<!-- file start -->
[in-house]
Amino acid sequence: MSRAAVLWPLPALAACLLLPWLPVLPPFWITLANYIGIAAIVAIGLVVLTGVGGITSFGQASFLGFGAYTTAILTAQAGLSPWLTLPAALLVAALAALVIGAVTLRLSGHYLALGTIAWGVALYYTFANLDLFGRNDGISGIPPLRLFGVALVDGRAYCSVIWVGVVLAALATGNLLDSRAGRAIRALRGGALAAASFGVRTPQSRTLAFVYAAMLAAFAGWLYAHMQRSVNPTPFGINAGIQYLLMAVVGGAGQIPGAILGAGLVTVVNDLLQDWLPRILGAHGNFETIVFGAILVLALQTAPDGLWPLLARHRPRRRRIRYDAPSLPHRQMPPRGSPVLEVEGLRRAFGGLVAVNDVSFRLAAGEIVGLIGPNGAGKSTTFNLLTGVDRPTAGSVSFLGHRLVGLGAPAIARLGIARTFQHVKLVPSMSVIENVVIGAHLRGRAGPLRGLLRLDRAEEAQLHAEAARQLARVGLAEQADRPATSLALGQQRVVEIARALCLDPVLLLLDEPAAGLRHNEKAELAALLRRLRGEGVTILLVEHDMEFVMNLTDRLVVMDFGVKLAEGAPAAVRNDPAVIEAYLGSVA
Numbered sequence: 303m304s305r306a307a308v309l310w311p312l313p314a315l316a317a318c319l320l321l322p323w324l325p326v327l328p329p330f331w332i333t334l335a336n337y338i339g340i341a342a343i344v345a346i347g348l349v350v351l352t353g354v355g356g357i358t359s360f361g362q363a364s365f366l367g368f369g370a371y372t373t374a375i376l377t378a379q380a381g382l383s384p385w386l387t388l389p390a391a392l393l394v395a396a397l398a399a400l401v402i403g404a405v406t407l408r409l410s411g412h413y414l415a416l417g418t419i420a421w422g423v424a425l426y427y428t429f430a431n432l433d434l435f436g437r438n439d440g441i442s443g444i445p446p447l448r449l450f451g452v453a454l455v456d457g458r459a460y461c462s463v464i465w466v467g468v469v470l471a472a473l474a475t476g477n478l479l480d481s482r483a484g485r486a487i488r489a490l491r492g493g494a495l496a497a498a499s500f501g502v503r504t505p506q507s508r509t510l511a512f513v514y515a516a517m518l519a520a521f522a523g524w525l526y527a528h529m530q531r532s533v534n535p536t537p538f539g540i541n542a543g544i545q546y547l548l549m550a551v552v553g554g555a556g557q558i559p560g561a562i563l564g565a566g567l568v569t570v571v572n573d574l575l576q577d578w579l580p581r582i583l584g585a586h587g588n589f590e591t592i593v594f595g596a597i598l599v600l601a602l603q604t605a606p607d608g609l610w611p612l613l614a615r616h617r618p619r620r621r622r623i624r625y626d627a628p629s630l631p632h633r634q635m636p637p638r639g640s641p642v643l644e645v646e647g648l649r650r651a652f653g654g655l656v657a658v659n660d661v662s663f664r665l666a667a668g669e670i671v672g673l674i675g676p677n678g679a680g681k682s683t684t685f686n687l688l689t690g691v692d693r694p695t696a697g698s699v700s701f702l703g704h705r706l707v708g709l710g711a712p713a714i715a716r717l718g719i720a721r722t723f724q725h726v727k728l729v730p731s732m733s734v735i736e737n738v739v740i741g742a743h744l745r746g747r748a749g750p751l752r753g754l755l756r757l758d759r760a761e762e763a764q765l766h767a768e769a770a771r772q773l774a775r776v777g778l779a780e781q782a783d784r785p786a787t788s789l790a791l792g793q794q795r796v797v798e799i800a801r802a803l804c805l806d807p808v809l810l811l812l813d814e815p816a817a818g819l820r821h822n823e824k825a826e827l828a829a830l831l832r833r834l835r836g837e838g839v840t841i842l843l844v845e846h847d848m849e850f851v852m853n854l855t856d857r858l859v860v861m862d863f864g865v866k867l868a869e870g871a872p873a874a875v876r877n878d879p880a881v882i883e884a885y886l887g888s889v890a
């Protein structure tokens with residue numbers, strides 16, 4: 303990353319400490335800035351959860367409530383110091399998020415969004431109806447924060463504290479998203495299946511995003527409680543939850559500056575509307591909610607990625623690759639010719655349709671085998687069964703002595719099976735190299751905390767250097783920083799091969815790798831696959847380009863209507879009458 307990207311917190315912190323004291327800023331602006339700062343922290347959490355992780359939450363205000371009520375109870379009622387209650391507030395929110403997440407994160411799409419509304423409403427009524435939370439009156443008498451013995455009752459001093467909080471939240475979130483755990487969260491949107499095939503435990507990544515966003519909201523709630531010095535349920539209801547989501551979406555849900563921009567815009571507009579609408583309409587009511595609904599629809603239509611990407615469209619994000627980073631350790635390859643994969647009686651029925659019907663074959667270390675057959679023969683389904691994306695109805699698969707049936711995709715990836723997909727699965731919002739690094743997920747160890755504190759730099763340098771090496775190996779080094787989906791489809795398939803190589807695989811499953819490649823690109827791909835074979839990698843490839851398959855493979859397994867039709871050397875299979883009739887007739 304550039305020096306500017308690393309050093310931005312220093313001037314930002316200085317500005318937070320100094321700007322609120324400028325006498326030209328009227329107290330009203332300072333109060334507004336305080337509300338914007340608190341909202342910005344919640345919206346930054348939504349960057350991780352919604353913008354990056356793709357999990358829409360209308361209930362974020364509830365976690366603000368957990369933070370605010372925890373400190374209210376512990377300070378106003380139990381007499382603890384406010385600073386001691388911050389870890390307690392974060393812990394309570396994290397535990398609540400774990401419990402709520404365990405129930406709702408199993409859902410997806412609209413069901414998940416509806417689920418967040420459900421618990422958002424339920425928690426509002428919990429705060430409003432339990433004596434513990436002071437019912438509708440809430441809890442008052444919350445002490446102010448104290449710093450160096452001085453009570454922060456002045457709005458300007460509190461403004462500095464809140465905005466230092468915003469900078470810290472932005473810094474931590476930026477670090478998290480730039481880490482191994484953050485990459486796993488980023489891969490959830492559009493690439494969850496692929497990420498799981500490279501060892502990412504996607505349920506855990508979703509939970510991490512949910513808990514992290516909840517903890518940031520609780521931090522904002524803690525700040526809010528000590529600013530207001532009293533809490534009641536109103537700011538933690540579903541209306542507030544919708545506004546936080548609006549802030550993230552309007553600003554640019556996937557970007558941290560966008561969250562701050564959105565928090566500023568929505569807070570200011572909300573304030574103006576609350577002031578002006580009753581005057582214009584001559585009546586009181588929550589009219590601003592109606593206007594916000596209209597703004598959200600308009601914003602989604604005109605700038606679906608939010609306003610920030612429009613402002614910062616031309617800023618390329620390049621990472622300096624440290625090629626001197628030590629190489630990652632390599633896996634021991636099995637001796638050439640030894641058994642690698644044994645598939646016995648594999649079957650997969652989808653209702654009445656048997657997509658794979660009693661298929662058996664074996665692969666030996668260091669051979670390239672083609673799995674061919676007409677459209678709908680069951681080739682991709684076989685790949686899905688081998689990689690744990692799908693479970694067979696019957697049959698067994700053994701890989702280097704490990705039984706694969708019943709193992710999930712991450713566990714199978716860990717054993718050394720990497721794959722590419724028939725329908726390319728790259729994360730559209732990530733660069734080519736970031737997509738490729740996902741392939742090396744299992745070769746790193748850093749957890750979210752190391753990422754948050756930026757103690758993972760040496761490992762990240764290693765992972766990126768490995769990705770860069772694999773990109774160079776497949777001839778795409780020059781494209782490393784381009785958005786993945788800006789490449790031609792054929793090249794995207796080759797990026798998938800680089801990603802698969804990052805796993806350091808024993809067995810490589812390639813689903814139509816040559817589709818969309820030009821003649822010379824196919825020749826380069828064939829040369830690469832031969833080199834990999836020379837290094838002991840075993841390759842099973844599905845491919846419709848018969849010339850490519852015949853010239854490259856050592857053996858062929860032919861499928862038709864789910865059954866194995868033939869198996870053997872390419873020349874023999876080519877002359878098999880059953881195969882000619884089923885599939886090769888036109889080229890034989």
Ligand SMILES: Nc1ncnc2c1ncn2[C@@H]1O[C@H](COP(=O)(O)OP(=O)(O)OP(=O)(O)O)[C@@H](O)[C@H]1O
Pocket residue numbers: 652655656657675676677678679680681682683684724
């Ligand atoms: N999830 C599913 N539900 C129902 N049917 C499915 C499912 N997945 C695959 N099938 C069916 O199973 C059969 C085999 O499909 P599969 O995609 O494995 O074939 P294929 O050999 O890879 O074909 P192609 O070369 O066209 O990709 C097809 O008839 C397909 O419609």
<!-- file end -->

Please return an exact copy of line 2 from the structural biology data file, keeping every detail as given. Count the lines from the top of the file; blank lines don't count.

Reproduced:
Amino acid sequence: MSRAAVLWPLPALAACLLLPWLPVLPPFWITLANYIGIAAIVAIGLVVLTGVGGITSFGQASFLGFGAYTTAILTAQAGLSPWLTLPAALLVAALAALVIGAVTLRLSGHYLALGTIAWGVALYYTFANLDLFGRNDGISGIPPLRLFGVALVDGRAYCSVIWVGVVLAALATGNLLDSRAGRAIRALRGGALAAASFGVRTPQSRTLAFVYAAMLAAFAGWLYAHMQRSVNPTPFGINAGIQYLLMAVVGGAGQIPGAILGAGLVTVVNDLLQDWLPRILGAHGNFETIVFGAILVLALQTAPDGLWPLLARHRPRRRRIRYDAPSLPHRQMPPRGSPVLEVEGLRRAFGGLVAVNDVSFRLAAGEIVGLIGPNGAGKSTTFNLLTGVDRPTAGSVSFLGHRLVGLGAPAIARLGIARTFQHVKLVPSMSVIENVVIGAHLRGRAGPLRGLLRLDRAEEAQLHAEAARQLARVGLAEQADRPATSLALGQQRVVEIARALCLDPVLLLLDEPAAGLRHNEKAELAALLRRLRGEGVTILLVEHDMEFVMNLTDRLVVMDFGVKLAEGAPAAVRNDPAVIEAYLGSVA